Recently I read Aristotle and Dante Discover the Secrets of the Universe by Benjamin Alire Saenz. It was incredible (not quite a five-star read, due to some issues I have with the final bit of the book) and while reading I kept thinking how this narrative felt to me like a revolution not only in LGBT writing, but YA in general.

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Ten Things That Should Be Written About

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This post is scheduled a few weeks in advance as I am currently on a rural rotation without decent internet access. Responses to comments will thus be slower than usual. This week with The Broke and The Bookish we discuss our “reading wishlist” – in other words, things we wish authors would write about. Guys, this one was HARD! Obviously I did not want to give away anything that I might be working on (sorry)… I finally came up with some. They’re not all super unique, but I would like these books anyway. So if you want to write them, go for it!

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Madiba and the Child

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We were on holiday when the news about Nelson Rolihlahla Mandela broke late Thursday evening. With little to no internet, WordPress was not an option (if you don’t blog it, did it really happen?), but the past few days have been a period of introspection for the whole of South Africa. It has been years since I tried my hand at writing verse. It follows below.

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Weekly Photo Challenge: Sea

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I grew up by the ocean. Feeling the sand under my nails and scrabbling as the water tried to swallow my sandcastles was second nature to me. In the late summer months, after-school activities meant going to the beach. I am glad I have never had to live inland, but I am convinced that my first year at university was so difficult because I was thirty minutes from the nearest beach with no transport to get there. These days I spend every weekend by the sea with The Boy, and recently I spent almost four months living on the sea. So, love is not the right word for how I feel about the sea. It is more like, LIFE. Here are just a few of my favourite “sea” pictures.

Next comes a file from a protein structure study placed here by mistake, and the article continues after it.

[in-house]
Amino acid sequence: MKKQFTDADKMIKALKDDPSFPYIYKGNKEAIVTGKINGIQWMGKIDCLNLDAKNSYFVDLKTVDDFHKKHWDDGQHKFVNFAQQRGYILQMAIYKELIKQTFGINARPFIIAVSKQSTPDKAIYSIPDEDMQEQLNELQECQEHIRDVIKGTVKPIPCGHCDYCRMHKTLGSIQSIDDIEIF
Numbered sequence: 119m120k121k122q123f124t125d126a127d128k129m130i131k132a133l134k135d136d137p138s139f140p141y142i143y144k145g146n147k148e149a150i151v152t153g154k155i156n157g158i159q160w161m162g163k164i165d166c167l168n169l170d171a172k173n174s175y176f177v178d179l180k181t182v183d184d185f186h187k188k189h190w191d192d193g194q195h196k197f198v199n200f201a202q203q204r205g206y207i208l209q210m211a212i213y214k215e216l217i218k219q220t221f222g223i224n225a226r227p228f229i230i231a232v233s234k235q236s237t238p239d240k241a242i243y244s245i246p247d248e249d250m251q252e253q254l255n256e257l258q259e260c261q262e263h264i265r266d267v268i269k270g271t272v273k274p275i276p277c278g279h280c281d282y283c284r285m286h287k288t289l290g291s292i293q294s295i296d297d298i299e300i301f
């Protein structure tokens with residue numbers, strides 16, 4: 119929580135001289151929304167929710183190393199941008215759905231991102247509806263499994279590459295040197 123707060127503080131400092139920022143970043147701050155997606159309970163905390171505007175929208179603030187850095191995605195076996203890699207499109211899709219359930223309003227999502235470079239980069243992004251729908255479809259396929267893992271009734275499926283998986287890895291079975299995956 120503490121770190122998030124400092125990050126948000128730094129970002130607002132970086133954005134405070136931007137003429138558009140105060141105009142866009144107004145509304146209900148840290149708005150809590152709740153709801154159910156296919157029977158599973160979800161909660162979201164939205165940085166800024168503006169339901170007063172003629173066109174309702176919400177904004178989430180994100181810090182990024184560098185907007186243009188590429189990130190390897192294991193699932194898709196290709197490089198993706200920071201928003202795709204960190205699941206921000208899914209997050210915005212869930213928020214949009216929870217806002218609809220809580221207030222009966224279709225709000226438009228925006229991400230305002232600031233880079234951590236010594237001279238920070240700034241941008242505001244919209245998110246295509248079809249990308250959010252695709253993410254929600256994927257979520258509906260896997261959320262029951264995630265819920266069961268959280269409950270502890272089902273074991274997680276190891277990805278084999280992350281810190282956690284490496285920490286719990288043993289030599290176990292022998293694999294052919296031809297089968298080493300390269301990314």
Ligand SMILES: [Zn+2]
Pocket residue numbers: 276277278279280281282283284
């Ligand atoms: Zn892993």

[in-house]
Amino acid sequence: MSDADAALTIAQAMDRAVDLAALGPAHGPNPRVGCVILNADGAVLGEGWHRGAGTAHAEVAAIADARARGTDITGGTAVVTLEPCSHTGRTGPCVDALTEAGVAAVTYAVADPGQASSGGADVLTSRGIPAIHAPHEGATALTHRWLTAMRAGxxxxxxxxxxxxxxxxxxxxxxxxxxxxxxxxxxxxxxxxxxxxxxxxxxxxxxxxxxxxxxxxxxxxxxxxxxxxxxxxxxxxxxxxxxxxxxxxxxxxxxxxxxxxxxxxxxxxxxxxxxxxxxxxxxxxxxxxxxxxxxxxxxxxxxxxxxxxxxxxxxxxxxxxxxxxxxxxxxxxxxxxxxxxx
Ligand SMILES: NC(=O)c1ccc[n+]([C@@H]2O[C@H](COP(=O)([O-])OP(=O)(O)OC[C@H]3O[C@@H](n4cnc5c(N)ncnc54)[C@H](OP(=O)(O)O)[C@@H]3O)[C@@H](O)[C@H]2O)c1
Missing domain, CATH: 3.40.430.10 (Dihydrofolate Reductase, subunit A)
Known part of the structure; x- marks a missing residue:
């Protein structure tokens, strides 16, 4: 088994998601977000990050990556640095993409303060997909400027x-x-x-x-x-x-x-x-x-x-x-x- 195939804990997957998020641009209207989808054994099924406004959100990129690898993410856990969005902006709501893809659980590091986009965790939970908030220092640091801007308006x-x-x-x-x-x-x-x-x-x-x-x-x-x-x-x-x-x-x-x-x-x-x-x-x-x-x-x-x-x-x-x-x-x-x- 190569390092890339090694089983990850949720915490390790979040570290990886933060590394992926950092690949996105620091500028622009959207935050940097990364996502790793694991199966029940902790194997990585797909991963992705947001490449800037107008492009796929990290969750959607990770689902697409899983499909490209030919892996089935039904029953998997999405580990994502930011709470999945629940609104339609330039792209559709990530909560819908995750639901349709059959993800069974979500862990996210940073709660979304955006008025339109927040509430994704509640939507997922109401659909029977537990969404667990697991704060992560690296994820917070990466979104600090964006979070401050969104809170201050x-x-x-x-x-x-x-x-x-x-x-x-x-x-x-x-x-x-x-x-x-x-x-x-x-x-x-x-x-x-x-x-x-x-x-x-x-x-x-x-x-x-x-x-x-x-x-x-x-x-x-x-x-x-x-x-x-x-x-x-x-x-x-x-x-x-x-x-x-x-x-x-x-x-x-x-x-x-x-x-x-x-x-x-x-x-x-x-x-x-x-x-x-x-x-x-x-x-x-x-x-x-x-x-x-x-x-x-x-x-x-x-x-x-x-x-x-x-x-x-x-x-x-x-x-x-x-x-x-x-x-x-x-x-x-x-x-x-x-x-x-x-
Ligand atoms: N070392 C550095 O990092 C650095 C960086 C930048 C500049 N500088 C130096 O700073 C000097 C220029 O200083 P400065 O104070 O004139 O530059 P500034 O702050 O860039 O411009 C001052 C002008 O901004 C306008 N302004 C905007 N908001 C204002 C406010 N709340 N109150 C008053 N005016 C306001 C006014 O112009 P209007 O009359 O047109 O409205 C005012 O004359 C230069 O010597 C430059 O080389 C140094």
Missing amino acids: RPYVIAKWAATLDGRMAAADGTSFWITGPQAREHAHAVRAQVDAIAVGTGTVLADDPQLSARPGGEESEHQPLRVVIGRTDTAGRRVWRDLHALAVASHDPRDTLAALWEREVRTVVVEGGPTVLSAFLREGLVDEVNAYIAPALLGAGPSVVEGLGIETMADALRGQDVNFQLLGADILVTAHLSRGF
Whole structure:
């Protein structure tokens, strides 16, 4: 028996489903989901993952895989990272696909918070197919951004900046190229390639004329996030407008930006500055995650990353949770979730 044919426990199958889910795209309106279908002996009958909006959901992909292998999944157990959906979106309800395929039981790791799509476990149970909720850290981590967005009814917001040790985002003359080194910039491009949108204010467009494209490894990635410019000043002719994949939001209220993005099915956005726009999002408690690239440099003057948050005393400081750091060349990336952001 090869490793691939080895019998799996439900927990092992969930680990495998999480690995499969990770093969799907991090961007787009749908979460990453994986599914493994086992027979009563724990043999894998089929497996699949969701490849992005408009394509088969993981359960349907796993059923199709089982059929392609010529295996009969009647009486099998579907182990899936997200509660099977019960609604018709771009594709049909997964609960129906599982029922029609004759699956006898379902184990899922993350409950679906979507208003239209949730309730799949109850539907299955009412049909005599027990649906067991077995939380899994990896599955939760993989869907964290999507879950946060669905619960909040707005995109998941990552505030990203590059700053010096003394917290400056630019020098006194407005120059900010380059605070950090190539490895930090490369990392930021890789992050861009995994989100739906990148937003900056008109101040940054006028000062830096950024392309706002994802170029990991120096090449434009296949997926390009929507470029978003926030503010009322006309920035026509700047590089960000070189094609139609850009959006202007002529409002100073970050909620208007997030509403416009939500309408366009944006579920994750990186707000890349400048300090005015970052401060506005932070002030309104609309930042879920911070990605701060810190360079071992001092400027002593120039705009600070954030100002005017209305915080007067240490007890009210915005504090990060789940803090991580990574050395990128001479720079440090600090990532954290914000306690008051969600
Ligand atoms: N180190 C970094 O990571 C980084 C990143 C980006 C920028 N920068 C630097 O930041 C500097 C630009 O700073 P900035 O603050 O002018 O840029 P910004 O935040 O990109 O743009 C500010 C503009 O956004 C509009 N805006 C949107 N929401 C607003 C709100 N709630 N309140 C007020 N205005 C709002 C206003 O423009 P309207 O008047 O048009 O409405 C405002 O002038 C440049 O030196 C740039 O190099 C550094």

Linking up with Daily Post’s Weekly Photo Challenge

P.S: click here for some photo’s of Cape Town seas during the Super Moon – it is not called the Cape of Storms for nothing!

Weekly Photo Challenge: Sailing to the Future

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This week’s weekly photo challenge with The Daily Post looks to the future. In my immediate future is touching on home base! In fact, right now we are sailing past the East Coast of South Africa, and just a few hours I was giddily staring at the lights of Durban’s coastline. I even have cell phone reception! But it is night time, so I do not have a decent photo to offer of that, at this point.

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TTT Freebie: Everybody Loves Quotes

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Happy Christmas! I have just had a delicious Christmas lunch with the family, and I feel incredibly blessed. Life is good. Today’s Top Ten Tuesday with The Broke and The Bookish is a freebie, so that those who are too busy celebrating aren’t left out. I wouldn’t have posted this if not for the post-lunch lull. I’ve done a Top Ten Quotes before, but here are ten excellent quotes from books I read in 2012.

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Book Review: The Karma Suture

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Sue Carey is a driven, 20-something doctor struggling to preserve her sanity, sobriety, and humanity in the corridors of one of Cape Town’s biggest public hospitals. Finding imaginative ways of saving patients is her life’s work, though finding a man who wants more than a one-night stand would be nice as well.

Guys… This book blew my mind. It is actually set in the hospital where I’m training – with a different name, though. Unless it has two names, which is possible.

Do you know how freaky-cool it is to read a book that coincides so well with your own experiences? Well, it is freaky-cool.

Dr Carey is a Registrar (a.k.a. Resident) in Internal Medicine. She has an Intern who is a little annoying and medical students who have learned how to get away with doing as little as possible (she teaches them with passion, though).